History of the Foundation

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10th Anniversary Report: The Viking Fund and Anthropology

Looking back on its first decade of existence, Richard C. Hunt (then President of the Viking Fund) laid out the following guiding principles used by its Board of Directors in overseeing its operation.

  1. To promote the "Science of Man" by aiding scholars and institutions throughout the world, without regard to nationality, race, or culture.
  2. To be equally concerned with projects in other disciplines likely to contribute to or extend the boundaries of anthropology as with those in more clearly recognized branches of the science: physical anthropology, archeology, ethnology, general theory and philosophy, and linguistics.
  3. To consider both the support of education of younger scholars and the publication of the results of research as significant facets of the promotion of the discipline.
  4. To encourage the submission for consideration by the Board of Directors of as many valid projects as possible.
  5. To weigh the opinions and recommendations, concerning petitions submitted, of scholars expert in the appropriate subject matter, region, or technique under consideration.
  6. To aid a number of scientific projects which could be undertaken with modest funds, rather than to expend the Fund's income on a few large projects, thus making as many grants for worthy projects as are possible within the limits of hte financial resources available.
  7. To allow maximum freedom of choice in the use of funds awarded by relying upon the integrity and scientific ability of grantees in the prosecution of their objectives.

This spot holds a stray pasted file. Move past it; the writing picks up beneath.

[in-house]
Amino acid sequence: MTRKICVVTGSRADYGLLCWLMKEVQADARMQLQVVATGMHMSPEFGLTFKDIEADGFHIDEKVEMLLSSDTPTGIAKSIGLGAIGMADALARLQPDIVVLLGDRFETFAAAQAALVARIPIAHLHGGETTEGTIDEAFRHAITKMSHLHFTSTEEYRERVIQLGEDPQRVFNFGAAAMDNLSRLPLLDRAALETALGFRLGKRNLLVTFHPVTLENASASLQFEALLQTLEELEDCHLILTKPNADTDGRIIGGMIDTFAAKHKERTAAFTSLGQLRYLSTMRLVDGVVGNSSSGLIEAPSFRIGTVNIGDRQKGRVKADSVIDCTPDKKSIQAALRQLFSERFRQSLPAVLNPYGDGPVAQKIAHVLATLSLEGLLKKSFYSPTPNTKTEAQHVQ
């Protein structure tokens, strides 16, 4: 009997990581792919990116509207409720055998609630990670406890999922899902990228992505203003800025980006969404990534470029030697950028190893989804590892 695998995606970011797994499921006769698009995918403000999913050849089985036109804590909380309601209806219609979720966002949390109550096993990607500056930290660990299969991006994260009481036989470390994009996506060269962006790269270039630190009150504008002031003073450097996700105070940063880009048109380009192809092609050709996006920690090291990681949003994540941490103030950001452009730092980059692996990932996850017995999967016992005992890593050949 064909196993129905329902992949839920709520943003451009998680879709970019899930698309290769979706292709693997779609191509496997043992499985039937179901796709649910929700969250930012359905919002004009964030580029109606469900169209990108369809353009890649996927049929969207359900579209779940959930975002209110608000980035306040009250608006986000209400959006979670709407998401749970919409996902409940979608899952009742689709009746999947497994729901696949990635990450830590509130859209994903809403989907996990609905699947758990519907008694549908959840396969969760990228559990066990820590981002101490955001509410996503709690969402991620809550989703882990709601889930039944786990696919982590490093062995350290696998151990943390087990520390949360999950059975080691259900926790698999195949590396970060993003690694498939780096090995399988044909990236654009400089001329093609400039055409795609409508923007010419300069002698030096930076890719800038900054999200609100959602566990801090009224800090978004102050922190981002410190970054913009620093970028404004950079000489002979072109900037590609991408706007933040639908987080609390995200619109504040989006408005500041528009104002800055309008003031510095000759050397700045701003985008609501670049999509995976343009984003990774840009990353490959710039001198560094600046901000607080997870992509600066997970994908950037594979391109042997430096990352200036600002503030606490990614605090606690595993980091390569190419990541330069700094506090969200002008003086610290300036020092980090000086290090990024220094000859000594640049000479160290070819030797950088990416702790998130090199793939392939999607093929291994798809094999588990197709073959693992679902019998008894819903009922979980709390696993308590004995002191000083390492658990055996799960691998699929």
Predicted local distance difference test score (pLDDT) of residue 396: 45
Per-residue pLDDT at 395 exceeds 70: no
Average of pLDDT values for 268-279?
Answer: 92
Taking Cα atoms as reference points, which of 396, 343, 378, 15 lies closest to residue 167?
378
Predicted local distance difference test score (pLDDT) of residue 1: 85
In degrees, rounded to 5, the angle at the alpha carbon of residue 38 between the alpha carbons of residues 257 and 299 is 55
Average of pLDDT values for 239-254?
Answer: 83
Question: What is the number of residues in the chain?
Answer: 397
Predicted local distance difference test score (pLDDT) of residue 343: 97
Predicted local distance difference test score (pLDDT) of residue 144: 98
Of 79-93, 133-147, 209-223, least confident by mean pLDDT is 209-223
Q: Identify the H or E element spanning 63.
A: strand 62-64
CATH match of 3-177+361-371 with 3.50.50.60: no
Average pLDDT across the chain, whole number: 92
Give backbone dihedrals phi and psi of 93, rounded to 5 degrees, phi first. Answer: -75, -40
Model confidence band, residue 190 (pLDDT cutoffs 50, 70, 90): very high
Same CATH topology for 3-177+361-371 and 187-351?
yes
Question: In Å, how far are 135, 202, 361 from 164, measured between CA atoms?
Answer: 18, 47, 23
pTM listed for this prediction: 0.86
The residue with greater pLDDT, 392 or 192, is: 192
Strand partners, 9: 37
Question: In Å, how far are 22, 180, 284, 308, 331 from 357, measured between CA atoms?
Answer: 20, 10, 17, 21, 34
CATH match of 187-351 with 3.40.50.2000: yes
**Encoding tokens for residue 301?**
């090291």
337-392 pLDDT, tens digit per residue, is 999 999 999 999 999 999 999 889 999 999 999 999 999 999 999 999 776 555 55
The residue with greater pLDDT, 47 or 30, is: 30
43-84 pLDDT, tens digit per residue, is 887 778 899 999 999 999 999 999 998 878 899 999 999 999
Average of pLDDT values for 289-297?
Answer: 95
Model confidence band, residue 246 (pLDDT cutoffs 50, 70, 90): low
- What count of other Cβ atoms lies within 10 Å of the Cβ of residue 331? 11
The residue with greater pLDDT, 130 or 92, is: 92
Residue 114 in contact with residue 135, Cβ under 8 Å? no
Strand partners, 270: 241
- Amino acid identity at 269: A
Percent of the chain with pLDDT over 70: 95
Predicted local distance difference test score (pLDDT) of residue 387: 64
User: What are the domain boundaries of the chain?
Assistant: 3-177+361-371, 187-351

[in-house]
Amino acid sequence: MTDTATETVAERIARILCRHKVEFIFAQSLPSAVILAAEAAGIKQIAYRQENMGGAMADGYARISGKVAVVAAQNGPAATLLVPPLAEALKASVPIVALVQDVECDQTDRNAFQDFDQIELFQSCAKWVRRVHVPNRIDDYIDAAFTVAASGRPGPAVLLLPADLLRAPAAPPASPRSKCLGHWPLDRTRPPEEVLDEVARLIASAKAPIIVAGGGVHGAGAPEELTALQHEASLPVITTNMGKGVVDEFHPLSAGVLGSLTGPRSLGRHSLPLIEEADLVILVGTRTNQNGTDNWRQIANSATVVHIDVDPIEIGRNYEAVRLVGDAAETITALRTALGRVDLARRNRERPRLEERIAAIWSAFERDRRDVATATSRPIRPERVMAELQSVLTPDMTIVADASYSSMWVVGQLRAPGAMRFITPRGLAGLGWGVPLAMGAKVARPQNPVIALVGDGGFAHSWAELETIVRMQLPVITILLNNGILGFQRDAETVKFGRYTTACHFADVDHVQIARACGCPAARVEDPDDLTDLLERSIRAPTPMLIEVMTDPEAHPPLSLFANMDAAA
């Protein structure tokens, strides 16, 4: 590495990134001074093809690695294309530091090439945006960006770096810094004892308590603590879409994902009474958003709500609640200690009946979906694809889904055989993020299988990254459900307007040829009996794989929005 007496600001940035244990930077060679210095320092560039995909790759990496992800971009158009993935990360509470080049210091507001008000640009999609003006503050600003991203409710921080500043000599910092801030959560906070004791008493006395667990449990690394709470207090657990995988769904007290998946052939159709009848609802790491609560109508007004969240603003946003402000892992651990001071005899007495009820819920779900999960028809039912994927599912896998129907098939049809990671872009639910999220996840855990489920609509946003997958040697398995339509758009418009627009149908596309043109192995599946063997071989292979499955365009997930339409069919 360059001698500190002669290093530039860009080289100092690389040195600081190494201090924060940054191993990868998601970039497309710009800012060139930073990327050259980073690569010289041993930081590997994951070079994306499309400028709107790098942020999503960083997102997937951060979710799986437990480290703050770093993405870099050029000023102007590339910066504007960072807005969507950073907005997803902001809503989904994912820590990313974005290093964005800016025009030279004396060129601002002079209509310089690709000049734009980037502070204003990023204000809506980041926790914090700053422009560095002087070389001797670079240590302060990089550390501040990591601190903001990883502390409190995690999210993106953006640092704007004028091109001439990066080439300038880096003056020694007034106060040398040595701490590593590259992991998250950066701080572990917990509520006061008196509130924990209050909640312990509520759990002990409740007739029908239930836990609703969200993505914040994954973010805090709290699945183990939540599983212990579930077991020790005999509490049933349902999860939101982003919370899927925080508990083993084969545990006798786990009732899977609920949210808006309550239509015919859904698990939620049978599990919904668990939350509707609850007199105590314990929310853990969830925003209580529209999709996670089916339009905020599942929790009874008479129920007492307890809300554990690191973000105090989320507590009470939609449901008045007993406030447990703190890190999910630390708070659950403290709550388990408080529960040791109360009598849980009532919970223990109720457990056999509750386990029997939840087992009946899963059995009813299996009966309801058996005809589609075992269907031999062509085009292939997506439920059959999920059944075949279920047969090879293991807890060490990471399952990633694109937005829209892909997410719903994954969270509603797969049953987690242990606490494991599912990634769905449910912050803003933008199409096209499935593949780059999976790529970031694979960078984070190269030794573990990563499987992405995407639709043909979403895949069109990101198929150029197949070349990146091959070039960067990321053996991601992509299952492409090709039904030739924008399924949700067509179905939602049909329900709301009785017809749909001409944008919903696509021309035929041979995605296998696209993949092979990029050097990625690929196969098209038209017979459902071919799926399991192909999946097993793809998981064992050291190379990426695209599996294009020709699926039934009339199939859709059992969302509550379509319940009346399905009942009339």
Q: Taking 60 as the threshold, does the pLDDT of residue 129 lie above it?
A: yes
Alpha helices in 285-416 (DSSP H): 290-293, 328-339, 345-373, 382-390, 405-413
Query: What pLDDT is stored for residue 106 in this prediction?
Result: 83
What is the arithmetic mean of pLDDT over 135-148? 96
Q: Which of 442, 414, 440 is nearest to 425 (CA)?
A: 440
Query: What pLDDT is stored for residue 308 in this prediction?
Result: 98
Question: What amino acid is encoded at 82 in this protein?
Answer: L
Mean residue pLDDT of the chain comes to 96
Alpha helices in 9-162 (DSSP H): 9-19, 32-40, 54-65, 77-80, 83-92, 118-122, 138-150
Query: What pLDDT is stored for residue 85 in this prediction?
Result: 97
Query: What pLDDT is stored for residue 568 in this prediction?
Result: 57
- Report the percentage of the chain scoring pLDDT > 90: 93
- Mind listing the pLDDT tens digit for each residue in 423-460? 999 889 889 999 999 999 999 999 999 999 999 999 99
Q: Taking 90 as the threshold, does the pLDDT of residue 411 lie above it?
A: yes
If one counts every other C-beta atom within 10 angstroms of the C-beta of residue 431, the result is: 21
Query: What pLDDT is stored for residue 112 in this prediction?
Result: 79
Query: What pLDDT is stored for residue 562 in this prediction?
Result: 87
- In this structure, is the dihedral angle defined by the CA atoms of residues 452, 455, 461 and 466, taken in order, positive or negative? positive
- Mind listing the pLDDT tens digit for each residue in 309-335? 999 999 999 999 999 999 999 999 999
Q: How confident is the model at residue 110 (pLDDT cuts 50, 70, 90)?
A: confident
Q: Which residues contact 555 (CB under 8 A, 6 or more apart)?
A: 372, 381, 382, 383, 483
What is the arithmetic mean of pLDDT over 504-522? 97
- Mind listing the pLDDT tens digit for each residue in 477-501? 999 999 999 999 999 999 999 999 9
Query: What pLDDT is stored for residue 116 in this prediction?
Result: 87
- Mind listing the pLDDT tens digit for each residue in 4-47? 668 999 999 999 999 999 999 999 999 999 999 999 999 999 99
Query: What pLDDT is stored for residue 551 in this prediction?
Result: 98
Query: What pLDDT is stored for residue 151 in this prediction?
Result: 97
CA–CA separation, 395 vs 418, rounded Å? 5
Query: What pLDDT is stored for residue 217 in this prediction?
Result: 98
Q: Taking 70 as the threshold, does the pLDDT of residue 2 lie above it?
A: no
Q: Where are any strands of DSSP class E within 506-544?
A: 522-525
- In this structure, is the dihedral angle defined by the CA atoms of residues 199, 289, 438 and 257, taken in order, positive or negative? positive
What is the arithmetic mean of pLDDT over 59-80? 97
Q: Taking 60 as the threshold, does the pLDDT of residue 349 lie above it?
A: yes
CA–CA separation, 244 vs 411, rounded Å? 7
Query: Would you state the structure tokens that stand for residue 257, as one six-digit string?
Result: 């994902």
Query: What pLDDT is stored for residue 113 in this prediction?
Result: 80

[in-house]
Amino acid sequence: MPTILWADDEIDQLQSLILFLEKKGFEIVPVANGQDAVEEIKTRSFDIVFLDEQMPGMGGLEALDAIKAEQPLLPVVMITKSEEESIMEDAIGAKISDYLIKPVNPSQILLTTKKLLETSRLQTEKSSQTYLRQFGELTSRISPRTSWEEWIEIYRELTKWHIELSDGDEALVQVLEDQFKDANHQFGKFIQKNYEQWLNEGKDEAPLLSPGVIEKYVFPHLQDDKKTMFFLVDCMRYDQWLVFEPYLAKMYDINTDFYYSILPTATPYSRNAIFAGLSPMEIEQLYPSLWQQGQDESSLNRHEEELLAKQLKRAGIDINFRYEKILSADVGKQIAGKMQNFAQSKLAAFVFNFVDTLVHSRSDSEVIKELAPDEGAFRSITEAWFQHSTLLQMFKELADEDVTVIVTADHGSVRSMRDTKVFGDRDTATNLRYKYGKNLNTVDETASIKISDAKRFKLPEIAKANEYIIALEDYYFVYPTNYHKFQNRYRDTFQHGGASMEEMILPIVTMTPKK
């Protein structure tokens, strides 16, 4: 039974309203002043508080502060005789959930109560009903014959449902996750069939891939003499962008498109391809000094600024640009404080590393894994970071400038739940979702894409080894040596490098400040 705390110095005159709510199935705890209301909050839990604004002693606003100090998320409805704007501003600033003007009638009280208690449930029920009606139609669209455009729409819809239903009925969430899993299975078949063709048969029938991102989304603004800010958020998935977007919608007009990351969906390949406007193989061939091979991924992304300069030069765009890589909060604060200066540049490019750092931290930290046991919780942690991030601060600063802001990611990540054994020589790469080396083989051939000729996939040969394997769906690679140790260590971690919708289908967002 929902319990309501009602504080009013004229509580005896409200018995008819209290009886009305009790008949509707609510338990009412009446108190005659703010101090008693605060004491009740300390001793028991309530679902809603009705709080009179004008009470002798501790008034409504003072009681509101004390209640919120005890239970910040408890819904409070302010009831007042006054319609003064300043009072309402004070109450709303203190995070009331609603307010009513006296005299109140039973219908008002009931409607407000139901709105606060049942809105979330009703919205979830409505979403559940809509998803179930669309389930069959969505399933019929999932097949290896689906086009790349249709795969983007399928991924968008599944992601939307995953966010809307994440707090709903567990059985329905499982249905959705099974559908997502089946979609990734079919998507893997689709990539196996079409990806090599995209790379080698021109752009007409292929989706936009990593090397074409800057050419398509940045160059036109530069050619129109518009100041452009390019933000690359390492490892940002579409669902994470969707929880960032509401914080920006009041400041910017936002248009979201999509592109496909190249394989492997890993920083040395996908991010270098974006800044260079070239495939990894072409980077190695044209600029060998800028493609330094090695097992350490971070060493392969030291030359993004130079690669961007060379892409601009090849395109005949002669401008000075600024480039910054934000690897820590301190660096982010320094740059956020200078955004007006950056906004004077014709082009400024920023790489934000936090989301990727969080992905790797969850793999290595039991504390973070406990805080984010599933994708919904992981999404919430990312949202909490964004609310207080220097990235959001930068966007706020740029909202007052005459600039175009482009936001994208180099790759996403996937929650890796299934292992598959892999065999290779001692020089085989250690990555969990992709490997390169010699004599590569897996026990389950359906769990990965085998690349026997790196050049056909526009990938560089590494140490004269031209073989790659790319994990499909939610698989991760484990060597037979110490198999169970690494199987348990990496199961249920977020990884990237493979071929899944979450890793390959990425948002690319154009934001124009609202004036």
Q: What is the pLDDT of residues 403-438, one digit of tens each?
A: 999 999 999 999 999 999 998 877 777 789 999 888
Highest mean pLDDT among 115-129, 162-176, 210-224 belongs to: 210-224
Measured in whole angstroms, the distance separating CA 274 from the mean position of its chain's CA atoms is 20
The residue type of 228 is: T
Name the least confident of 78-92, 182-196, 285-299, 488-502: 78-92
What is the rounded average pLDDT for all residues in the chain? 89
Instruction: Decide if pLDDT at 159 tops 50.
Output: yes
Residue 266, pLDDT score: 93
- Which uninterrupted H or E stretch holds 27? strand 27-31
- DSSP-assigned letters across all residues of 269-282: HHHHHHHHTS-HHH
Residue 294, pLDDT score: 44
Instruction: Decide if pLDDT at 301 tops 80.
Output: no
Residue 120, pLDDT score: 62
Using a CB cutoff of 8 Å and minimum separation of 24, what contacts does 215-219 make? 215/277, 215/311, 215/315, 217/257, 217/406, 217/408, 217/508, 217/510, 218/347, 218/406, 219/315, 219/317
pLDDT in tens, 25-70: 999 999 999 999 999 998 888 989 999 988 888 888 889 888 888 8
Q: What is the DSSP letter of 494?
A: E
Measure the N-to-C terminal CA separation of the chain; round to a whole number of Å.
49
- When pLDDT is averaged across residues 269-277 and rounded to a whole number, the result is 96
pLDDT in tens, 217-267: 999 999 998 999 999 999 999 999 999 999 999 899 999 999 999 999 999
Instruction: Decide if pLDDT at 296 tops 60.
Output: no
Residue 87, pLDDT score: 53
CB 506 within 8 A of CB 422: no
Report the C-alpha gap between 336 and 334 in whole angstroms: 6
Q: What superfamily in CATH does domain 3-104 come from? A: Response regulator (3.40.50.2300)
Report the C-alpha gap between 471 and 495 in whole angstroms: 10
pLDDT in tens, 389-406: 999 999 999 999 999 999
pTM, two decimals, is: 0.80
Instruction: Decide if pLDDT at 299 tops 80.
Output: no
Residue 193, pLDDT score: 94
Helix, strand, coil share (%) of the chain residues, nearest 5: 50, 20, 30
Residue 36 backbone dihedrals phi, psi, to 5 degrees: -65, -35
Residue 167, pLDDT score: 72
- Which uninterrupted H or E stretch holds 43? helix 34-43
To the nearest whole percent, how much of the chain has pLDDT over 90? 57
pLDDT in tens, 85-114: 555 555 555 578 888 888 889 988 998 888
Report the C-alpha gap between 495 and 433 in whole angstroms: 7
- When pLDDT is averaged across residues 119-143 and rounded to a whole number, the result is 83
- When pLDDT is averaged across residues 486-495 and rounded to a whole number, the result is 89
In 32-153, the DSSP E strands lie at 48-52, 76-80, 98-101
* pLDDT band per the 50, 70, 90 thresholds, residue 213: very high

8. To require from each grantee only periodic reports of progress, a final report on accomplishments, and suitable acknowledgment of Viking Fund support in published results of resesarch as well as two copies of such publications for the Vking Fund Research Library.
  9. To develop within the home of the Viking Fund an anthropological institute or headquarters with facilities capable of undertaking those functions likely to stimulate and assist further development in anthropology.
  10. To keep to a minimum the Fund's administrative staff and expenses, so that research projects can receive the maximum benefit of available funds.

To measure how effective these basic assumptions were in helping the Fund achieve its intended goals, the Board of Directors -- seeking the opinion of a scholar "intimately concerned with the philosophy and welfare of the discipline" -- commissioned A.L. Kroeber to review its grantmaking activites and prepare the following report for inclusion in the Fund's 10th Anniversary Annual Report.